Ambulance Service Spokesman:
      London Ambulance Service has treated 64 people & taken them to six hospitals, a number to major trauma units, 20 said to be in critical condition – a further 10 people have presented themselves across London.

      A number of people still accounted for. Calls still coming in about them.

      Sadiq Khan:

      Audio was patchy – investigations underway – obviously something has gone seriously wrong that shouldn’t have – will find out – see what lessons to be learned etc.

  6. Gezza

     /  June 15, 2017

    Aljaz tv: BREAKING NEWS

    Multiple shooting in Alexandria, Virginia. More details when available. Several people wounded. A US Congressman said to be involved.
    12.14 am

    • Gezza

       /  June 15, 2017

      Sorry. Reposted in World Watch – Thursday.

  7. Missy

     /  June 15, 2017

    Horrific news to have woken up to. The fire started just before 1am this morning, and my understanding that it is still burning (it is 3.10pm).

    6 are confirmed dead and dozens more are missing. The police have said the death toll is expected to rise significantly.

    One person – who doesn’t wish to be named – believes that nobody on the top three floors survived.

    Listening to the radio this morning so many people who live in the area were calling in, they were awoken around 1.30am by the helicopters, but they said what will live with them for the rest of their lives is the screams of people trapped. An absolute tragedy, one that could have been avoided.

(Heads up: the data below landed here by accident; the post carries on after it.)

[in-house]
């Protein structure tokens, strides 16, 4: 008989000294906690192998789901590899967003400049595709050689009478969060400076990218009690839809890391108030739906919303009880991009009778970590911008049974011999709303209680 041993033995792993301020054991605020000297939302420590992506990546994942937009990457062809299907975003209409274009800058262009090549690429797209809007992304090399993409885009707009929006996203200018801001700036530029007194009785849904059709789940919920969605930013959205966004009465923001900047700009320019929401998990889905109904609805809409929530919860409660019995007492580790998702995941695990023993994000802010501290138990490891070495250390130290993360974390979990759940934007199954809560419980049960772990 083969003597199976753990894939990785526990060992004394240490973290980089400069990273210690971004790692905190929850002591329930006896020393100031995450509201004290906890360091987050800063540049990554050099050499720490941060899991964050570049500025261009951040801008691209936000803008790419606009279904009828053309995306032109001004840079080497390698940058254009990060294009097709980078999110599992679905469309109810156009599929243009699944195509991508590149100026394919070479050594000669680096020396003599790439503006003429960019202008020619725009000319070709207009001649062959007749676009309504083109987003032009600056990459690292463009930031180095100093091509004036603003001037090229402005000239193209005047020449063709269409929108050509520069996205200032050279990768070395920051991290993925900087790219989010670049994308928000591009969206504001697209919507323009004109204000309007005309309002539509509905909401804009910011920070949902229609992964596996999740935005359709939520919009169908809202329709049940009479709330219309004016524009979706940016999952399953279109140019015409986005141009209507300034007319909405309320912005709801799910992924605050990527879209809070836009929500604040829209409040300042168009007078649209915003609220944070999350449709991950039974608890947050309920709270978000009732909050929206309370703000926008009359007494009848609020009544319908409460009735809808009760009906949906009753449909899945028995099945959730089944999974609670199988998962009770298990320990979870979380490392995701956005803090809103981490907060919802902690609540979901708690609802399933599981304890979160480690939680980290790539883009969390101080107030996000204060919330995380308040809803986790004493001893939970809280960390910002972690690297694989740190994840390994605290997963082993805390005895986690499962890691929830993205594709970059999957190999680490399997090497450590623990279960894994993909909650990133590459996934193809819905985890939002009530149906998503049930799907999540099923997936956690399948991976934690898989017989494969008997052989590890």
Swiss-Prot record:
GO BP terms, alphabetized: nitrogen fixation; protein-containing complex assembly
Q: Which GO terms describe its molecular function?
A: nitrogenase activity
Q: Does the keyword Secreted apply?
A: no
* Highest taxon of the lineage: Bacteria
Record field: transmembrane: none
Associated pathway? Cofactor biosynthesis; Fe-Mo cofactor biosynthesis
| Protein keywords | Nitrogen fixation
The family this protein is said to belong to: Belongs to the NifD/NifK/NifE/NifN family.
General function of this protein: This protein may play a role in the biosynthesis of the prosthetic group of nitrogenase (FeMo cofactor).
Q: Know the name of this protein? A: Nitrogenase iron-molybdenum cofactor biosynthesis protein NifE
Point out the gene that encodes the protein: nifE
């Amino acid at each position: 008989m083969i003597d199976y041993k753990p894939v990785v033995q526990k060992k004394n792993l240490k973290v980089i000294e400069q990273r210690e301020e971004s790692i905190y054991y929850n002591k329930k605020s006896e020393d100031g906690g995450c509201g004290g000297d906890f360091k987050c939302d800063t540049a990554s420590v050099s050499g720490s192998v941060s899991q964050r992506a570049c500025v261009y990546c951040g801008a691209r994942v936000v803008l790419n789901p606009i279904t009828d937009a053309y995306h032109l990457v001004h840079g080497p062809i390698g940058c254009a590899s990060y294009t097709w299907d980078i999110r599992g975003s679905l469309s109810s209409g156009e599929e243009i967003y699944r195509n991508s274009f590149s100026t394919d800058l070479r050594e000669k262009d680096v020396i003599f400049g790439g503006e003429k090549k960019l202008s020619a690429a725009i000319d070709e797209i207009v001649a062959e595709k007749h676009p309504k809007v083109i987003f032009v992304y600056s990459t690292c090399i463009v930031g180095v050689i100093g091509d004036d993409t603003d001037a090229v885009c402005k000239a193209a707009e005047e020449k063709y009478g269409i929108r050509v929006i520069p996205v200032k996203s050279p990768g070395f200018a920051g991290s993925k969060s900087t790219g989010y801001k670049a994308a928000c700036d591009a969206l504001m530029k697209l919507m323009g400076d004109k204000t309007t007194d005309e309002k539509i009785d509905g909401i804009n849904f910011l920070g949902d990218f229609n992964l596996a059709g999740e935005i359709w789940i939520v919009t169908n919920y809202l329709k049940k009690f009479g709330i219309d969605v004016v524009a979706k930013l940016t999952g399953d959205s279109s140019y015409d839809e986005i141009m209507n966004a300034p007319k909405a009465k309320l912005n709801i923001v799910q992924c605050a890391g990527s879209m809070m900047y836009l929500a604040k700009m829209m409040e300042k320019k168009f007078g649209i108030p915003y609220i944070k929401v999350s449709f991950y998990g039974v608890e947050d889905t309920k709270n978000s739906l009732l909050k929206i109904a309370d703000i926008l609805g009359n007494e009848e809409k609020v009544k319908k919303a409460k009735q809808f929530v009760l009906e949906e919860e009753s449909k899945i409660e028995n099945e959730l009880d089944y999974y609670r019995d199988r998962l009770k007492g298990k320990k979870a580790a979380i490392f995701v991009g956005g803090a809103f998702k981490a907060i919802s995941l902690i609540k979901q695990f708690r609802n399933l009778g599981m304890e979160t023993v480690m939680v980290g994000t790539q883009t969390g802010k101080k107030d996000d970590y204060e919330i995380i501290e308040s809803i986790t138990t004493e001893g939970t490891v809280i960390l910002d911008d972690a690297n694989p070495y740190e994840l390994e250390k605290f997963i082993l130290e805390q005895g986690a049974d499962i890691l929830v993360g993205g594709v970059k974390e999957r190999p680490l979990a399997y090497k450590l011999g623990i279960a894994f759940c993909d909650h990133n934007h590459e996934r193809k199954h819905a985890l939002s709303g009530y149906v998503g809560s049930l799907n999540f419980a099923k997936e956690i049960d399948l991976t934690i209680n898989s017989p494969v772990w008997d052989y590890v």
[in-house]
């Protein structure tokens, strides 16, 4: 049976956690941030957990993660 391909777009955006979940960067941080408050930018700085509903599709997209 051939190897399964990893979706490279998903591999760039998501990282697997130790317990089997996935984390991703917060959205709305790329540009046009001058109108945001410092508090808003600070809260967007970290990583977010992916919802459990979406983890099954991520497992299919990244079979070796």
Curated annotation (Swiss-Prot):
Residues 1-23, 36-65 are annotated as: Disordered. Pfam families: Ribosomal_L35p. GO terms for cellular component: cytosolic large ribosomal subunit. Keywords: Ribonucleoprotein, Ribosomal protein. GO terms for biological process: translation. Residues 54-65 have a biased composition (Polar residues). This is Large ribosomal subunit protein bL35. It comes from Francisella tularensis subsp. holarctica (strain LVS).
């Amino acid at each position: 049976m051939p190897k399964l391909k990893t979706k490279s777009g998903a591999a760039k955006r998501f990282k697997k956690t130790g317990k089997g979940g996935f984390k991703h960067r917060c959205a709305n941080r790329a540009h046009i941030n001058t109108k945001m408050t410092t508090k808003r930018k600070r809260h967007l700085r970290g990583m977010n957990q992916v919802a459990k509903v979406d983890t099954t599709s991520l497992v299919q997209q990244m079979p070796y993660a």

• Gezza

       /  June 15, 2017

      Aljazeera reports death toll now confirmed at 12.
      18 people believed to be in a critical condition.
      4.20

  8. Zedd

     /  June 15, 2017

    They avoided saying ‘terrorists possibility’.. but did say a large number of muslims live in the area ? possibly suggesting a ‘revenge attack’ ??

    In the footage, someone said ‘fire seemed to be pouring down the side of the building’ (use of accelerant ?) we shall see. It did seem to be very widespread & all engulfing in a short time !

    • Gezza

       /  June 15, 2017

      Did you see Aljaz interview wiv the really wound up black dude, yeh? Who talked like this yeah? Who said he asked them why they was puttn in this insulation stuff, yeh? An they said its to keep you cool in tha summa an warm in tha winta, yeh? So he said, oh is it ? An he tore a bit off and he put it on his phone an lit it and it went poof up in the air. An he sed to him “an your puttin that stuff in there!! ?